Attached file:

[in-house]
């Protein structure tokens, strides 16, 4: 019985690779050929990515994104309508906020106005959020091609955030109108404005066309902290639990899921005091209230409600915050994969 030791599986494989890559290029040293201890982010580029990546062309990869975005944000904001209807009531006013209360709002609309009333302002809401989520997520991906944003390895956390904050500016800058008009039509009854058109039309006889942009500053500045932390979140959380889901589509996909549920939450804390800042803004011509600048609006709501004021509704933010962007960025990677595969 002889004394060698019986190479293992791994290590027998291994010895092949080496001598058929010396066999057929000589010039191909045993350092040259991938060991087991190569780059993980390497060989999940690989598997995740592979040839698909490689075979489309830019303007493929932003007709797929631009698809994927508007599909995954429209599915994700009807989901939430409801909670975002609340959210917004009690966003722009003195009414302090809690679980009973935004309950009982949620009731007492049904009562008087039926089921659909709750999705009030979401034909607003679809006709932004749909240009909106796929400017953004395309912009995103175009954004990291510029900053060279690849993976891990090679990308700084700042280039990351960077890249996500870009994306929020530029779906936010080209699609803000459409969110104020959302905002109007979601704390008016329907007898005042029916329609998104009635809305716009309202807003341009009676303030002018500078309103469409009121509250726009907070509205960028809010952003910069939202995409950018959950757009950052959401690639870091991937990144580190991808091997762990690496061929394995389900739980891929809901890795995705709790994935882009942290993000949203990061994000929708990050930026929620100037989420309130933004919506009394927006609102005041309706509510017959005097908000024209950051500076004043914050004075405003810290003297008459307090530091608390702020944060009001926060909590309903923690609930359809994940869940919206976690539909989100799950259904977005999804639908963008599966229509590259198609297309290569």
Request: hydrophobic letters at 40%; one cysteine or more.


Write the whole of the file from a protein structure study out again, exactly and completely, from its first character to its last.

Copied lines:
[in-house]
């Protein structure tokens, strides 16, 4: 019985690779050929990515994104309508906020106005959020091609955030109108404005066309902290639990899921005091209230409600915050994969 030791599986494989890559290029040293201890982010580029990546062309990869975005944000904001209807009531006013209360709002609309009333302002809401989520997520991906944003390895956390904050500016800058008009039509009854058109039309006889942009500053500045932390979140959380889901589509996909549920939450804390800042803004011509600048609006709501004021509704933010962007960025990677595969 002889004394060698019986190479293992791994290590027998291994010895092949080496001598058929010396066999057929000589010039191909045993350092040259991938060991087991190569780059993980390497060989999940690989598997995740592979040839698909490689075979489309830019303007493929932003007709797929631009698809994927508007599909995954429209599915994700009807989901939430409801909670975002609340959210917004009690966003722009003195009414302090809690679980009973935004309950009982949620009731007492049904009562008087039926089921659909709750999705009030979401034909607003679809006709932004749909240009909106796929400017953004395309912009995103175009954004990291510029900053060279690849993976891990090679990308700084700042280039990351960077890249996500870009994306929020530029779906936010080209699609803000459409969110104020959302905002109007979601704390008016329907007898005042029916329609998104009635809305716009309202807003341009009676303030002018500078309103469409009121509250726009907070509205960028809010952003910069939202995409950018959950757009950052959401690639870091991937990144580190991808091997762990690496061929394995389900739980891929809901890795995705709790994935882009942290993000949203990061994000929708990050930026929620100037989420309130933004919506009394927006609102005041309706509510017959005097908000024209950051500076004043914050004075405003810290003297008459307090530091608390702020944060009001926060909590309903923690609930359809994940869940919206976690539909989100799950259904977005999804639908963008599966229509590259198609297309290569």
Request: hydrophobic letters at 40%; one cysteine or more.